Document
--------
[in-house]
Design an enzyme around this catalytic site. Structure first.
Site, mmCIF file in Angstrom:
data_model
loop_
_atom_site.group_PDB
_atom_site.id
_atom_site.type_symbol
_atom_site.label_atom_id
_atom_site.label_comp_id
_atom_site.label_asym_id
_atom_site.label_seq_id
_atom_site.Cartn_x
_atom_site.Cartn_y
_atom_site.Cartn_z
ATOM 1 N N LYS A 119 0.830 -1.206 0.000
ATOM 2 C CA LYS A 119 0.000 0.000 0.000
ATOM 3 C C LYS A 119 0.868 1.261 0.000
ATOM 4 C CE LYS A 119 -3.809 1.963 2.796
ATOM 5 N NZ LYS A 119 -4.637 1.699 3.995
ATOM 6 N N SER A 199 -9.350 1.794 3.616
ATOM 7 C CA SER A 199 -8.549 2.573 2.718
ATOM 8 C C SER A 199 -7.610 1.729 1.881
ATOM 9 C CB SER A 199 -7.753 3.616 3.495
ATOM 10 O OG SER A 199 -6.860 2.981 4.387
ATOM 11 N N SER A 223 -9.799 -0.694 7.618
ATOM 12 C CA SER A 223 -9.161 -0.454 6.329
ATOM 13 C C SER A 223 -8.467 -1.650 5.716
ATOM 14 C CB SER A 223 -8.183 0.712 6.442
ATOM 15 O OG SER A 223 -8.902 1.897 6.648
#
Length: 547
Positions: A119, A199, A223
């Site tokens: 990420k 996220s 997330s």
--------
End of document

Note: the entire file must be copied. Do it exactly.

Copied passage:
[in-house]
Design an enzyme around this catalytic site. Structure first.
Site, mmCIF file in Angstrom:
data_model
loop_
_atom_site.group_PDB
_atom_site.id
_atom_site.type_symbol
_atom_site.label_atom_id
_atom_site.label_comp_id
_atom_site.label_asym_id
_atom_site.label_seq_id
_atom_site.Cartn_x
_atom_site.Cartn_y
_atom_site.Cartn_z
ATOM 1 N N LYS A 119 0.830 -1.206 0.000
ATOM 2 C CA LYS A 119 0.000 0.000 0.000
ATOM 3 C C LYS A 119 0.868 1.261 0.000
ATOM 4 C CE LYS A 119 -3.809 1.963 2.796
ATOM 5 N NZ LYS A 119 -4.637 1.699 3.995
ATOM 6 N N SER A 199 -9.350 1.794 3.616
ATOM 7 C CA SER A 199 -8.549 2.573 2.718
ATOM 8 C C SER A 199 -7.610 1.729 1.881
ATOM 9 C CB SER A 199 -7.753 3.616 3.495
ATOM 10 O OG SER A 199 -6.860 2.981 4.387
ATOM 11 N N SER A 223 -9.799 -0.694 7.618
ATOM 12 C CA SER A 223 -9.161 -0.454 6.329
ATOM 13 C C SER A 223 -8.467 -1.650 5.716
ATOM 14 C CB SER A 223 -8.183 0.712 6.442
ATOM 15 O OG SER A 223 -8.902 1.897 6.648
#
Length: 547
Positions: A119, A199, A223
């Site tokens: 990420k 996220s 997330s």